Failing that (because who wants to read about a superhero who does good by providing jobs and social welfare?), why not focus on people who commit the biggest crimes? Bankers that launder money for organized crime keep these organizations going, white collar criminals who bankrupt hundreds of thousands of people lead to suffering and desperation on a massive scale, and corrupt politicians pave the way for policies like the school-to-prison pipeline. These are characters mentioned in passing, sometimes, but generally speaking they're passed over in favor of tooth-splintering brawls and madmen with time bombs.

Batman's avowed goal is to fight crime, but all he's doing is fighting criminals. He's punching the tide, and while a few droplets are stopped, the waves just keep crashing onto the beach.

He's Only One Man

Then again, so is he.
It's a romantic idea, the lone knight standing against a sea of wickedness. The problem is that as a character Batman has been shown to be a pragmatist. He's recruited numerous cohorts and allies, from Robin and Batgirl to James Gordon and others. Time and time again we see him not sleeping for days trying to do it all himself... why not just recruit more help?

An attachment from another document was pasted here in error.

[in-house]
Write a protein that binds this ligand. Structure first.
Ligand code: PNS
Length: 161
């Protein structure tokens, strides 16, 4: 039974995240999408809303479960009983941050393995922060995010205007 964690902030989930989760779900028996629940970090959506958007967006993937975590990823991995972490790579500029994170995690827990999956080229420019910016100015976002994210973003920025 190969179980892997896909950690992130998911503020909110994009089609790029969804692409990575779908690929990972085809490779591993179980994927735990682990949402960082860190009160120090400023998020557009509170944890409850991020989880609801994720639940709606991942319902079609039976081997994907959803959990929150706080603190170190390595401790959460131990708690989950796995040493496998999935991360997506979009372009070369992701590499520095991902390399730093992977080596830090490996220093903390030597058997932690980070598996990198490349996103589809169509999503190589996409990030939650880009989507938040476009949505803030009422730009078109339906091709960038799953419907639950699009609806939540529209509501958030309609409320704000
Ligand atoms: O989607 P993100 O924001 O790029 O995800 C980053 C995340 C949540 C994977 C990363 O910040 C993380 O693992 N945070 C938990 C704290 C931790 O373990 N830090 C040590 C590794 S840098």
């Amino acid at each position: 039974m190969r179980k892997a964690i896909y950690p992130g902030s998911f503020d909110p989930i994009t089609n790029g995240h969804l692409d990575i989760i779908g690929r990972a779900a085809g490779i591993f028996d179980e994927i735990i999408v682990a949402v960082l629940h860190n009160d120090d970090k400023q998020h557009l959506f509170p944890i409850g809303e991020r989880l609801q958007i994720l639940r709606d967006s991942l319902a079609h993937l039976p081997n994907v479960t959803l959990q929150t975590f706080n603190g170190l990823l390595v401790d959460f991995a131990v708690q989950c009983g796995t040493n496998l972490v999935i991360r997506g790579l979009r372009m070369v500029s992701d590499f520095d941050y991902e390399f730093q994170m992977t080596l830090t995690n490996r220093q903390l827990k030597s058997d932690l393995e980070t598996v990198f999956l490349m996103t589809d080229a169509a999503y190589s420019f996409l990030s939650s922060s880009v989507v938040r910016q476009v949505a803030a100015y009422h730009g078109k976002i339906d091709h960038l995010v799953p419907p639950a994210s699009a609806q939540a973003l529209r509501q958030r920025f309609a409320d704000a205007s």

It's pretty simple, really. Bruce took Dick Grayson and turned him from an acrobat into a skilled crime fighter... why couldn't he do that with others? There is a plot from Frank Miller with this very proposal, but more often than not Bruce hogs all the action to himself. Why not start up a security company and personally train those in it to act as his agents? Why not provide some of his technology to the police force to give them the tools they need to keep order? Why not campaign as Bruce Wayne to put driven, honorable men in public office?

The short answer is because that would solve too many problems. The more convoluted answer is that what drives Batman as a character, and us as his readers, might just be the need to indulge in the Old Testament style retribution against those we perceive as being in the wrong. It's a clear hero/villain line... but are those really the only stories Batman has to tell?

The Lessons Writers Should Take Away From This

There are a few things that I think my fellow writers can take away from this discussion.